CGI Federal President Tim Hurlebaus presented the inaugural Best STEM-Supporting Business awards and the STEM Rising Star award at WashingtonExec’s 2018 K-12 STEM Symposium last April.
Kirthi Kumar, then a sophomore at Thomas Jefferson High School for Science and Technology, accepted the STEM Rising Star award. She garnered attention from The Washington Post and other outlets for founding SheSoft, a local nonprofit that seeks to bridge the gender gap through education and exposure to STEM. Kirthi also will speak at the upcoming 2019 K-12 STEM Symposium.
Leigh Chowdhary accepted the Best STEM-Supporting Business award on behalf of the Business Women’s Giving Circle. Launched in 2014, the Business Women’s Giving Circle invests in STEM-related programs that impact women and girls, reaching over 1,300 in Northern Virginia.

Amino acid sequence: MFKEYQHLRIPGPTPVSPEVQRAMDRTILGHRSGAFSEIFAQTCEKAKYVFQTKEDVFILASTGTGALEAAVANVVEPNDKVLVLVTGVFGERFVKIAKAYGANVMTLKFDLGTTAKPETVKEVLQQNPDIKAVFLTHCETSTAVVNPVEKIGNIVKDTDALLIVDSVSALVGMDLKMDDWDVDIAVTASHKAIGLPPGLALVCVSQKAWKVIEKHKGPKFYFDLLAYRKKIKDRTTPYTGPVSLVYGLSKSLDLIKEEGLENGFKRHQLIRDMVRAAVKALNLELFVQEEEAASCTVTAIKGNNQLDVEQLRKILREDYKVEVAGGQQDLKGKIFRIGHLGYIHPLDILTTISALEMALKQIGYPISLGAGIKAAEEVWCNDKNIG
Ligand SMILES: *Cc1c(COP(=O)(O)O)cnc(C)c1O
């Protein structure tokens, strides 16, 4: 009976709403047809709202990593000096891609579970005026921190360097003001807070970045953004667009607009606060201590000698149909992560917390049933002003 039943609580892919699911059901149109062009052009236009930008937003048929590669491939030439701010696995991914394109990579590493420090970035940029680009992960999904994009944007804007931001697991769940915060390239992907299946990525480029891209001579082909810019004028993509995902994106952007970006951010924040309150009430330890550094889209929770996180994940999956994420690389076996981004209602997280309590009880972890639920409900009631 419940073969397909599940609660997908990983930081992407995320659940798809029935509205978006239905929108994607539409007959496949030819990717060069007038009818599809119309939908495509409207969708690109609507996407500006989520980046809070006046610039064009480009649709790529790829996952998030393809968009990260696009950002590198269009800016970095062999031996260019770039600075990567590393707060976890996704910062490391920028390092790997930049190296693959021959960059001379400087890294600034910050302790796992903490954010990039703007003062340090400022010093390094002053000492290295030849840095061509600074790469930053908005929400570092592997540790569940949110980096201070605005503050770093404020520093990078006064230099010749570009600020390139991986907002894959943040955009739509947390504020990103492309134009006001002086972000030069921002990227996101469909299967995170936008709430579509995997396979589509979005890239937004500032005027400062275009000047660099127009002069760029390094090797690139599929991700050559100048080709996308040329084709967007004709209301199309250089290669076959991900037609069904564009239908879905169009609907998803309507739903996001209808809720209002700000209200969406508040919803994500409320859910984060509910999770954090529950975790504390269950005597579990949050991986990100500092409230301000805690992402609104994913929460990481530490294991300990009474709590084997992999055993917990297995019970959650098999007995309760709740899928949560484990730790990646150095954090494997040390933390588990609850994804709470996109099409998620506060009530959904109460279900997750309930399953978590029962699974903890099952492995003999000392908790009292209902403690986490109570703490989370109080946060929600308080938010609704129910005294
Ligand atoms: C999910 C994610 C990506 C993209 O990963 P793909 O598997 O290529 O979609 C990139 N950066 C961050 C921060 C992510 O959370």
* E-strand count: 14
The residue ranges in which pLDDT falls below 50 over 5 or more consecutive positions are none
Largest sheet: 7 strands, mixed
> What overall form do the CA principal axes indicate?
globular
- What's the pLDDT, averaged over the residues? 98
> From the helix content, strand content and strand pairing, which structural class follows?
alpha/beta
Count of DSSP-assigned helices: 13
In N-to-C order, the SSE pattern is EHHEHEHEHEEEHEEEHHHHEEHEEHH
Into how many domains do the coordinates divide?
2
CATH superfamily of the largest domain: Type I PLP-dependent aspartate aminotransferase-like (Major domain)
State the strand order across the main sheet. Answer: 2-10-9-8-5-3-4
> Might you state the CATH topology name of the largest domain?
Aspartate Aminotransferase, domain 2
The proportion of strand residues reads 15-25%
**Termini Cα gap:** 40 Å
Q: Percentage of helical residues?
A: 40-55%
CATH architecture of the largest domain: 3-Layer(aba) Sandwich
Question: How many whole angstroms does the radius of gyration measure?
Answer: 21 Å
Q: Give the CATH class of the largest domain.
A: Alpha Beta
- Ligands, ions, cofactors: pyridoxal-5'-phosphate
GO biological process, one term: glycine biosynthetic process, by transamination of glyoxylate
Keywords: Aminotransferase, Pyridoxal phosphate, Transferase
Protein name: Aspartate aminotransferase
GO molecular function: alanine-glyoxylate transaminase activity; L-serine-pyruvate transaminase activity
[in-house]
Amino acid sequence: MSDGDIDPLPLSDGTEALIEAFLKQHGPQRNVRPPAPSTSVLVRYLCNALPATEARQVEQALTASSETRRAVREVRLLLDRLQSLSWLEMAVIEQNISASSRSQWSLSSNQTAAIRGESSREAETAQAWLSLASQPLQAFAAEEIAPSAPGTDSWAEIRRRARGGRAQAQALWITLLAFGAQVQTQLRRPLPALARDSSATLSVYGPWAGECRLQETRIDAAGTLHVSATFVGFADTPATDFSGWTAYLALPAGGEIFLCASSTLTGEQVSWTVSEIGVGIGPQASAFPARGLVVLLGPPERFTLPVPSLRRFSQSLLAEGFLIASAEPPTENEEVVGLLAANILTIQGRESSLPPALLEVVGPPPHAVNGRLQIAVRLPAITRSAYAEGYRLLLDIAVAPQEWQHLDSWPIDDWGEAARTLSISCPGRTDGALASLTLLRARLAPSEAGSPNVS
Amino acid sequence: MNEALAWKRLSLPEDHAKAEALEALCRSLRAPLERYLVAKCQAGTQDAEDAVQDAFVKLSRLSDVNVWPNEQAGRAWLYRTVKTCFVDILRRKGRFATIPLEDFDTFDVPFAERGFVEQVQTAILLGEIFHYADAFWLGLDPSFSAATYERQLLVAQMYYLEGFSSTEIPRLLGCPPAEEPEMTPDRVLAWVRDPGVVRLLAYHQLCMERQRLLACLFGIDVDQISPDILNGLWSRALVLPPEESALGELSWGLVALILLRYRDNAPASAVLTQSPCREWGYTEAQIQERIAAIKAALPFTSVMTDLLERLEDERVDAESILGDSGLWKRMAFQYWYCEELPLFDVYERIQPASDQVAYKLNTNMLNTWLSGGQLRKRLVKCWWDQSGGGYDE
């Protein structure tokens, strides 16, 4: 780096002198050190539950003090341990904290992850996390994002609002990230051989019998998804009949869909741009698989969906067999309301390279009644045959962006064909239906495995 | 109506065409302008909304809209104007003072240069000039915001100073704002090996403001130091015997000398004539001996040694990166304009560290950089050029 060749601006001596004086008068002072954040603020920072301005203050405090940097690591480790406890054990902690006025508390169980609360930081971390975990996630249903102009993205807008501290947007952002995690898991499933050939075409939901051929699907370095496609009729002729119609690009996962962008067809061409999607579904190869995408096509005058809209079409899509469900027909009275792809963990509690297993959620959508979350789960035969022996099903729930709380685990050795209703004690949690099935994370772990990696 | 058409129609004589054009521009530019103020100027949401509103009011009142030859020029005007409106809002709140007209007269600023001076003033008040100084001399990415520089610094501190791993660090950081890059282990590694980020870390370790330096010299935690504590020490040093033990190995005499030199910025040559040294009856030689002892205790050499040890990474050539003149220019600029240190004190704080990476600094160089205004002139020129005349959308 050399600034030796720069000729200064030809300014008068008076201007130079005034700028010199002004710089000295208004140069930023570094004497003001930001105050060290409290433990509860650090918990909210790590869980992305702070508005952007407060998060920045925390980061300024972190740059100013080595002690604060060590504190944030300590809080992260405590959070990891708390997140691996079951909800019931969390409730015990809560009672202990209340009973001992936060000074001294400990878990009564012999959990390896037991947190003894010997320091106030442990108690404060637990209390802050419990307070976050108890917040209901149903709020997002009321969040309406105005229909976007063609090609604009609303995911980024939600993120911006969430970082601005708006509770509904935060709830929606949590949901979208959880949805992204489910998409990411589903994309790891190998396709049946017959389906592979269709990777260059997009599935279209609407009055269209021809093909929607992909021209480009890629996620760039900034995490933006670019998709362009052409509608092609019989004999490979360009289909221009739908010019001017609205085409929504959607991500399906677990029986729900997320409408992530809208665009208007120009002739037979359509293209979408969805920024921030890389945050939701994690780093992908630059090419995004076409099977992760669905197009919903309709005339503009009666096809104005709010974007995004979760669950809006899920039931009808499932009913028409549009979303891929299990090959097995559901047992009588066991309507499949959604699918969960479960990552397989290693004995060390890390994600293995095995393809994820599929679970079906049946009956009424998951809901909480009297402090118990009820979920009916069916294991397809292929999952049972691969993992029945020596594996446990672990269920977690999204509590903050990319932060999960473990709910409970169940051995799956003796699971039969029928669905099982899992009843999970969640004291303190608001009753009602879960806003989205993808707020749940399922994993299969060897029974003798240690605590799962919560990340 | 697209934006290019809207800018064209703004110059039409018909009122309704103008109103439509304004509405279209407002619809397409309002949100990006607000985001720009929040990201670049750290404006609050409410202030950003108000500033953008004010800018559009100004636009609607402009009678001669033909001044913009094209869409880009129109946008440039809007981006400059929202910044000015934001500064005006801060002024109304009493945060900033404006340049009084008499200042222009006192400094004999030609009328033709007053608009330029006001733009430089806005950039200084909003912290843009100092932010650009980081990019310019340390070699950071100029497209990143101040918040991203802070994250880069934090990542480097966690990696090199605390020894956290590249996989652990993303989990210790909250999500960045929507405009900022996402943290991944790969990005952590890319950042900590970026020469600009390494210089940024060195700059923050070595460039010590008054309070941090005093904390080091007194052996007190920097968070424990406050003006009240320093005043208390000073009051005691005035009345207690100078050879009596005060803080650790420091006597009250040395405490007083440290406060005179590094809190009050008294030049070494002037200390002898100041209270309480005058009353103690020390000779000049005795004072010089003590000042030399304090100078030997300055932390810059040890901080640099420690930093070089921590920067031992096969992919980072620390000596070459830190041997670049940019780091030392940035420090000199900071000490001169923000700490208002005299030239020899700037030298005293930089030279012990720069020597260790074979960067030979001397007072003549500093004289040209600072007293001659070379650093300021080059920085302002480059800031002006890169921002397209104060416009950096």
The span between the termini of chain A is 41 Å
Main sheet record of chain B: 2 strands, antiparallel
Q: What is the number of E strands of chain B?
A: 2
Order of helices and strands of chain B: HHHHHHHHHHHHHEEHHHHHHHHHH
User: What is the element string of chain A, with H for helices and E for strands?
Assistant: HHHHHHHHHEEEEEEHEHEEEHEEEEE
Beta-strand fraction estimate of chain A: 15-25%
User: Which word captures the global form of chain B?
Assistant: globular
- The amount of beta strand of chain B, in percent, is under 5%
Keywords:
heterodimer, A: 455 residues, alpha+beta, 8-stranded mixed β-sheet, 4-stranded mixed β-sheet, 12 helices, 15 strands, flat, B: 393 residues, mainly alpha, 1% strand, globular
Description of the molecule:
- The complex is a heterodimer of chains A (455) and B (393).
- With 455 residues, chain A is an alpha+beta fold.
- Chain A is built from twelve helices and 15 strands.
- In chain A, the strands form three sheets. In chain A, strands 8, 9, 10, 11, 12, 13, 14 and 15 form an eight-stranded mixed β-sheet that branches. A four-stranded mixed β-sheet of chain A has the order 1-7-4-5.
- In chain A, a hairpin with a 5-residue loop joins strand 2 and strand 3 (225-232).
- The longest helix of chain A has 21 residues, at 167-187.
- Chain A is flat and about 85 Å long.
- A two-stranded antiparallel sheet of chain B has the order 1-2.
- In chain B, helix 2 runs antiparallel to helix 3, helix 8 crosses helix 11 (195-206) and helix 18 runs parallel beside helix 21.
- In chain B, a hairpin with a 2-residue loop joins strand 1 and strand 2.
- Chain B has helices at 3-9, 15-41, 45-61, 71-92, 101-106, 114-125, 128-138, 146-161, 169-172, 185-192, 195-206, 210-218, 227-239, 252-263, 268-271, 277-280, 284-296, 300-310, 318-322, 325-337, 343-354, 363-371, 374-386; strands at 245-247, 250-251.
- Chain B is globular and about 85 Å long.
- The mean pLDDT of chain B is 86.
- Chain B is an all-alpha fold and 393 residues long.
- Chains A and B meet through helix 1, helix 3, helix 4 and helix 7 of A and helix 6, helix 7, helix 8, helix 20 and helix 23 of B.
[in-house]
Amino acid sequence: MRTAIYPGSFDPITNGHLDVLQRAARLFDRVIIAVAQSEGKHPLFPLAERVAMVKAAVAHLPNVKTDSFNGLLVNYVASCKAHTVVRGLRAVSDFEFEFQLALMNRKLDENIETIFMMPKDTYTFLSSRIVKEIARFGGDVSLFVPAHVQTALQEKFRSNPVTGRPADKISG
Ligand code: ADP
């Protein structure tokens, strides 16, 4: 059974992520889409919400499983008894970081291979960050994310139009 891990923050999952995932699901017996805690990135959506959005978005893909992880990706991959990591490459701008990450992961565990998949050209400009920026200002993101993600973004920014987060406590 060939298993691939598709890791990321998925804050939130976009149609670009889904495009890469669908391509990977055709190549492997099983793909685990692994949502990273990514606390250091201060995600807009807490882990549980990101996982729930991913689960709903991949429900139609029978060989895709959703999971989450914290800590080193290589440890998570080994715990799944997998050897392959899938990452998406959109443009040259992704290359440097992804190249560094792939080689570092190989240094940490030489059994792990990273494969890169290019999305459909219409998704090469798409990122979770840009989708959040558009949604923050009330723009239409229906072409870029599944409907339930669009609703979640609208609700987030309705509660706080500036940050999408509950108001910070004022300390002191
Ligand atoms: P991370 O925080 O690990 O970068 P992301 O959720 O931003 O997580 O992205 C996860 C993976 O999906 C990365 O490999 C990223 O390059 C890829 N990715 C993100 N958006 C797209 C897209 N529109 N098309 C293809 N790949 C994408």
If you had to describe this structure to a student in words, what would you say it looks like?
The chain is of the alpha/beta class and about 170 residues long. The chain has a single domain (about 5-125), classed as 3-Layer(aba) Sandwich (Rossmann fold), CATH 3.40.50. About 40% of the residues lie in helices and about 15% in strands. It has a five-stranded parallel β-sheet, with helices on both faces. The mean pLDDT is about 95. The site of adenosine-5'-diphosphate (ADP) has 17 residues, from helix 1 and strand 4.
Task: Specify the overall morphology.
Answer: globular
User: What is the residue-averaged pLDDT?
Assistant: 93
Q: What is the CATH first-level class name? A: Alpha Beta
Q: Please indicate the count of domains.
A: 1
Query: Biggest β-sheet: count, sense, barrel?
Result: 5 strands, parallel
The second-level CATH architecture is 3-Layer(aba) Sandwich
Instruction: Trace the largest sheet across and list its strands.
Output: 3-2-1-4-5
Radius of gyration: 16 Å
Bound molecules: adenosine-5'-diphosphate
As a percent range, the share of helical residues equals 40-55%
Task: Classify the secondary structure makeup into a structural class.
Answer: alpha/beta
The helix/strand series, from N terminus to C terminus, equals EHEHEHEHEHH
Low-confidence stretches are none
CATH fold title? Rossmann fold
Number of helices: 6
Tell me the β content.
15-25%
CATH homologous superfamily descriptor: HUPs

Lastly, Karen Goetz accepted the event’s second Best STEM-Supporting Business award for Northrop Grumman. Expanding the STEM pipeline to reach diverse, talented and often underrepresented students is a top philanthropic priority for the company. STEM initiatives at Northrop span the gamut from student mentorship programs to professional opportunities for local teachers.
WashingtonExec is still accepting nominations for this year’s K-12 STEM Symposium Awards to be presented on March 30, 2019. For more information on the nomination process, click here.
WashingtonExec is hosting the annual K-12 STEM Symposium on March 30, 2019. The event is free and open to the public, but attendees are asked to register in advance.